Employers are doing Background Checks.
Despite guidelines and state laws placing some limitations on How and When background checks can be used in hiring, employers still recognize and understand the value of screening their applicants. These checks play an important role in creating a qualified and safe workforce.
However, and as I have said in the past, Not all Background Checks are Created Equal. And that is especially true when it comes to checking an applicant’s criminal records.
Many employers believe that by either doing an online “national” criminal check or a state criminal check, they are covering their bases. They think that this type of check will reveal any and all offenses committed by their subject.
They could not be more wrong!
When it comes to “National” criminal checks, the truth is that no true nationwide repository exists. If you are relying on this as the basis for your hiring decision, then you are doing so without all the facts.
You can find more about online “National” criminal checks in my article, “Background Checks and Online Databases ~ What You Need to Know”.
The limitations of State criminal checks are just as dangerous.
3 Reasons Relying Solely on State Criminal Checks is Unwise:
- State Records Often Do Not Include all Counties
Many employers think that by doing a state criminal check, they will have access to any criminal activity committed by their applicant across the state. This is not the case.
State records are often incomplete. Many times their records do not cover all the counties within that state. And the county records that are included are often limited in how far back they go.
- State Records Rely on Reports from Lower Level Courts
In an ideal world, all local and county criminal records would be bumped up to a state repository for a comprehensive record on every subject. But that is not the reality.
In fact, not all states mandate their counties to forward their cases. Instead, sending local records is voluntary.
Therefore, the value of state repositories varies and is dependent on what lower level courts actually report.
- State Records Contain Outdated Information
Even when lower level cases are reported at the state level, they are often incomplete. Cases are not always updated to include final dispositions; including dismissals, sentencing, and even expungements. And often times lack of man power and budget creates a backlog of cases.
This results in the information obtained during a background check from these repositories to be incomplete. Using of this information, therefore, is risky.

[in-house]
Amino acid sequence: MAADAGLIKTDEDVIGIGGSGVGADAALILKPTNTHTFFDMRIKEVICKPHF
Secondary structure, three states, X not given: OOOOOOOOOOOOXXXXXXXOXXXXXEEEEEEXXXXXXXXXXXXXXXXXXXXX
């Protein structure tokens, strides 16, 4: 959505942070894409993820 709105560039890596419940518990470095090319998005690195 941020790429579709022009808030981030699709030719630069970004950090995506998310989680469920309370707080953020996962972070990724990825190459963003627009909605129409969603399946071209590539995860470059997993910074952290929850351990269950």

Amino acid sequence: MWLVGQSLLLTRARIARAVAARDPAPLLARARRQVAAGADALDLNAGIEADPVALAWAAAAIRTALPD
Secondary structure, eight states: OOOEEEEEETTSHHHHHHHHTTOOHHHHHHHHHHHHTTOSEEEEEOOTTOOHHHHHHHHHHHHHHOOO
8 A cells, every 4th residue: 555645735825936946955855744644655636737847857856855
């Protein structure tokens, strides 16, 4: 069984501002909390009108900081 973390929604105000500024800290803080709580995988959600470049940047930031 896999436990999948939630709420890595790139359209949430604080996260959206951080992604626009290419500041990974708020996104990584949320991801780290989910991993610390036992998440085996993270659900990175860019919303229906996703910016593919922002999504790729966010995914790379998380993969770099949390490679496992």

So, if You want a quality Background Check, what should You Do?
The single best practice is to combine both a state and county check.
County Criminal Court Checks are the backbone of a strong employment screening. "Tweet This"
This is where you will find the most accurate and up to date information on your subject. County courts oversee all criminal cases prosecuted within their county, and will store all records pertaining to those cases. Most importantly, these records will include all final dispositions.
However, counties do not share this information with each other. Only cases prosecuted within that county are included. Therefore, each county must be searched individually.
This is the one weakness of county criminal checks.
It is cost prohibitive to check each county within a state individually. That is why making smart choices is key, and this is where a good background check company can help.
For 5 Tips to Help You Choose the Best Background Check Company for You, click here.
The right screening company will steer you towards the optimum counties to search based on their knowledge and on an applicant’s resume information. In most cases, good screening practices dictate that any county where your applicant has lived and/or worked in at least the past 7 years should be checked.
So, What is Your Best Solution when it comes to criminal background checks?
Searching a combination of State and County courts is best!
A state criminal check can guide You and your screening company towards counties where your applicant may have a criminal record. Then verifying that record through a direct county court search is key.
Taking that extra step will provide you with proof that the record does indeed belong to your subject. Most importantly, it will give you the case details you need to determine suitability for employment with your company. And isn’t that what You want from a good background check?
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